The Time 100: The How and Why

  • Share
  • Read Later

This morning my distinguished publication unveiled the annual Time 100 list of the world’s most influential people. I have something to do with the selection of the artists and architects who make the list, so I thought I’d explain some of the thinking that led to this year’s choices.

The first thing to be said is that in a time of multiple practices and approaches, when no particular “ism” prevails anywhere, there’s no artist or architect who could be called the single most influential figure in the world. But we take real pains around here to arrive at people who are doing work that speaks to the moment in a particularly effective way, and that opens up new possibilities that other people are picking up on.

Our artist this year is William Kentridge, and not just because he’s the subject of a very powerful exhibition that debuted in March at the San Francisco Museum of Modern Art and will soon be traveling the world. With the onset of the Great Recession, a big, brassy moment in the artworld has drawn to a close. And with the roar of market forces having subsided for a while, it’s possible now to really see and hear and learn from the quietly enigmatic work of a man like Kentridge, whose art tells you something about anguish, solitude and paradox.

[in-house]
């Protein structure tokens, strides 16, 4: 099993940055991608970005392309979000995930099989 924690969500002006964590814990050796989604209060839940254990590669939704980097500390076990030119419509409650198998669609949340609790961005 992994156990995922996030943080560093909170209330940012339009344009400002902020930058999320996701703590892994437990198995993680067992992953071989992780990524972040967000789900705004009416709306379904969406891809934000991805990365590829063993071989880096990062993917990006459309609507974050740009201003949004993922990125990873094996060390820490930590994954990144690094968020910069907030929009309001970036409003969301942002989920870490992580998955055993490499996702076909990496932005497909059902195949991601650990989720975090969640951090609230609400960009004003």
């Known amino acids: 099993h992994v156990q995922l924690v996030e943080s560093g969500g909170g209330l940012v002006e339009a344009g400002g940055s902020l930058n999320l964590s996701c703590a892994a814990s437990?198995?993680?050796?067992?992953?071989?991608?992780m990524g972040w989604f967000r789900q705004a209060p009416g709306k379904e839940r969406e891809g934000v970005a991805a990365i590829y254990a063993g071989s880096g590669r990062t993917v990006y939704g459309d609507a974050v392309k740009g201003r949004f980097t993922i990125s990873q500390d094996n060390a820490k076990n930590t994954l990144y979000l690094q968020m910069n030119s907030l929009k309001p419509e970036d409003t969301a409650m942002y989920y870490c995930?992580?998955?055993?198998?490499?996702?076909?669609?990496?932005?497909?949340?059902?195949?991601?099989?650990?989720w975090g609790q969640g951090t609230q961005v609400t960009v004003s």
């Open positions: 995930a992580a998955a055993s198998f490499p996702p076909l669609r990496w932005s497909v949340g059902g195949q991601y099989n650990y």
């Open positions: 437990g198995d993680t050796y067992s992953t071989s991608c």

When I wrote about the Kentridge show in March, I put it this way, and it still sounds right to me:

The question at the center of so much of his work — What do you do when the world breaks your heart? — is one that a lot of people are asking themselves lately.

As for architecture, Liz Diller and Ric Scofidio were another easy choice — and not just because, with their design partner Charles Renfro, they just debuted a pretty smashing renovation of Alice Tully Hall at Lincoln Center in New York and have a much anticipated new project, the High Line Park in Manhattan, coming up in June. The best architects don’t just think about buildings as glass and steel, bricks and mortar, but as social and psychological experiences, not just as places but a journeys. Diller and Scofidio have operated as conceptual artists as much as architects over the years, and they bring all kinds of thinking about modern life — about things like travel, surveillance, confinement and release, the natural and the man made — into their work as architects.

When Liz and Ric had a retrospective a few years ago at the Whitney Museum in New York, it included a robot mechanism that drilled hundreds of holes in the gallery walls over the course of the show. That’s what we like around here — people who know how to break out of the box. It’s the questing, open-minded spirit of their work that makes it feel particularly important right now, when architecture is facing the kind of downturn that can tempt architects to play it safe.